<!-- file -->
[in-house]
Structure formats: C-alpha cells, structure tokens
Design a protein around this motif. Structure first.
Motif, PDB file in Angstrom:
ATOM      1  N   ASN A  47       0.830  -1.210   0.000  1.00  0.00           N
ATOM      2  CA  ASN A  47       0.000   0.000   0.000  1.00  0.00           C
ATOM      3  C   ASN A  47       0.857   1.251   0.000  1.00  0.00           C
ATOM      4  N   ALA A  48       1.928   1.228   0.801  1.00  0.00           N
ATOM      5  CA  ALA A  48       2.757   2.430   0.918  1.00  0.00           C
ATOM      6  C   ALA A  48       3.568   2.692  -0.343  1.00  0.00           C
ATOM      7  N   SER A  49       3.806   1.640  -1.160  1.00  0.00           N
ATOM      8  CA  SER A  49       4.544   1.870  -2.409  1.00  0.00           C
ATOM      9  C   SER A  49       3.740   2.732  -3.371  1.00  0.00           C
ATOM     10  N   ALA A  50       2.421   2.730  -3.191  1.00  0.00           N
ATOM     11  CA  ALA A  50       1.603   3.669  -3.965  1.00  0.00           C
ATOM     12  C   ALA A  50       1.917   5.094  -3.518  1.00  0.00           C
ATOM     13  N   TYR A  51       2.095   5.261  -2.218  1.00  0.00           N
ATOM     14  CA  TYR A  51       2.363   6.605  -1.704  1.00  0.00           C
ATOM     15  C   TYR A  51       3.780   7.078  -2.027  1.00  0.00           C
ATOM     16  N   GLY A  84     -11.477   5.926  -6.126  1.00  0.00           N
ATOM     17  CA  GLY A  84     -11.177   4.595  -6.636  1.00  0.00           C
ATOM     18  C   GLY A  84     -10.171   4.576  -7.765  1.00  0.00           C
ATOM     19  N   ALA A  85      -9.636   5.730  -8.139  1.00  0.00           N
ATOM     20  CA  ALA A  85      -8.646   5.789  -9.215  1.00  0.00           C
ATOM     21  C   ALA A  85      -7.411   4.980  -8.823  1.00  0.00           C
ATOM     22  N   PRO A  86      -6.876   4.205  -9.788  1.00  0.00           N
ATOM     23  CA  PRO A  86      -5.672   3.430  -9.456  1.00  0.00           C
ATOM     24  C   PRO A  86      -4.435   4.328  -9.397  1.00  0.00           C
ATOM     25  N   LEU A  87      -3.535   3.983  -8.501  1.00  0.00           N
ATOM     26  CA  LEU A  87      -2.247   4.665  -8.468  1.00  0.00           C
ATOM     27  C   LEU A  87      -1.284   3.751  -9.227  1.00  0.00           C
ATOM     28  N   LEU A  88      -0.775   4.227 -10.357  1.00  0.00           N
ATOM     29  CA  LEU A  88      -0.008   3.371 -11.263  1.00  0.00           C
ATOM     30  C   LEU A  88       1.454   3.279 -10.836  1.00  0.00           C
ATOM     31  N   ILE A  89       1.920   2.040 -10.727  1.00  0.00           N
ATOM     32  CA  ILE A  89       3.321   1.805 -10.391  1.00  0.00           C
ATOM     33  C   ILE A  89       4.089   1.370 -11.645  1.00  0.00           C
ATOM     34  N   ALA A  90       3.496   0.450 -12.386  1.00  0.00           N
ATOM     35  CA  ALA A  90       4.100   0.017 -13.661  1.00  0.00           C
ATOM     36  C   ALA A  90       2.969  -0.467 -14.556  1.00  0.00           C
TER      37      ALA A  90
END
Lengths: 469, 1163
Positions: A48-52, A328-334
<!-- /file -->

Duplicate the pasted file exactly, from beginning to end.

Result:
[in-house]
Structure formats: C-alpha cells, structure tokens
Design a protein around this motif. Structure first.
Motif, PDB file in Angstrom:
ATOM      1  N   ASN A  47       0.830  -1.210   0.000  1.00  0.00           N
ATOM      2  CA  ASN A  47       0.000   0.000   0.000  1.00  0.00           C
ATOM      3  C   ASN A  47       0.857   1.251   0.000  1.00  0.00           C
ATOM      4  N   ALA A  48       1.928   1.228   0.801  1.00  0.00           N
ATOM      5  CA  ALA A  48       2.757   2.430   0.918  1.00  0.00           C
ATOM      6  C   ALA A  48       3.568   2.692  -0.343  1.00  0.00           C
ATOM      7  N   SER A  49       3.806   1.640  -1.160  1.00  0.00           N
ATOM      8  CA  SER A  49       4.544   1.870  -2.409  1.00  0.00           C
ATOM      9  C   SER A  49       3.740   2.732  -3.371  1.00  0.00           C
ATOM     10  N   ALA A  50       2.421   2.730  -3.191  1.00  0.00           N
ATOM     11  CA  ALA A  50       1.603   3.669  -3.965  1.00  0.00           C
ATOM     12  C   ALA A  50       1.917   5.094  -3.518  1.00  0.00           C
ATOM     13  N   TYR A  51       2.095   5.261  -2.218  1.00  0.00           N
ATOM     14  CA  TYR A  51       2.363   6.605  -1.704  1.00  0.00           C
ATOM     15  C   TYR A  51       3.780   7.078  -2.027  1.00  0.00           C
ATOM     16  N   GLY A  84     -11.477   5.926  -6.126  1.00  0.00           N
ATOM     17  CA  GLY A  84     -11.177   4.595  -6.636  1.00  0.00           C
ATOM     18  C   GLY A  84     -10.171   4.576  -7.765  1.00  0.00           C
ATOM     19  N   ALA A  85      -9.636   5.730  -8.139  1.00  0.00           N
ATOM     20  CA  ALA A  85      -8.646   5.789  -9.215  1.00  0.00           C
ATOM     21  C   ALA A  85      -7.411   4.980  -8.823  1.00  0.00           C
ATOM     22  N   PRO A  86      -6.876   4.205  -9.788  1.00  0.00           N
ATOM     23  CA  PRO A  86      -5.672   3.430  -9.456  1.00  0.00           C
ATOM     24  C   PRO A  86      -4.435   4.328  -9.397  1.00  0.00           C
ATOM     25  N   LEU A  87      -3.535   3.983  -8.501  1.00  0.00           N
ATOM     26  CA  LEU A  87      -2.247   4.665  -8.468  1.00  0.00           C
ATOM     27  C   LEU A  87      -1.284   3.751  -9.227  1.00  0.00           C
ATOM     28  N   LEU A  88      -0.775   4.227 -10.357  1.00  0.00           N
ATOM     29  CA  LEU A  88      -0.008   3.371 -11.263  1.00  0.00           C
ATOM     30  C   LEU A  88       1.454   3.279 -10.836  1.00  0.00           C
ATOM     31  N   ILE A  89       1.920   2.040 -10.727  1.00  0.00           N
ATOM     32  CA  ILE A  89       3.321   1.805 -10.391  1.00  0.00           C
ATOM     33  C   ILE A  89       4.089   1.370 -11.645  1.00  0.00           C
ATOM     34  N   ALA A  90       3.496   0.450 -12.386  1.00  0.00           N
ATOM     35  CA  ALA A  90       4.100   0.017 -13.661  1.00  0.00           C
ATOM     36  C   ALA A  90       2.969  -0.467 -14.556  1.00  0.00           C
TER      37      ALA A  90
END
Lengths: 469, 1163
Positions: A48-52, A328-334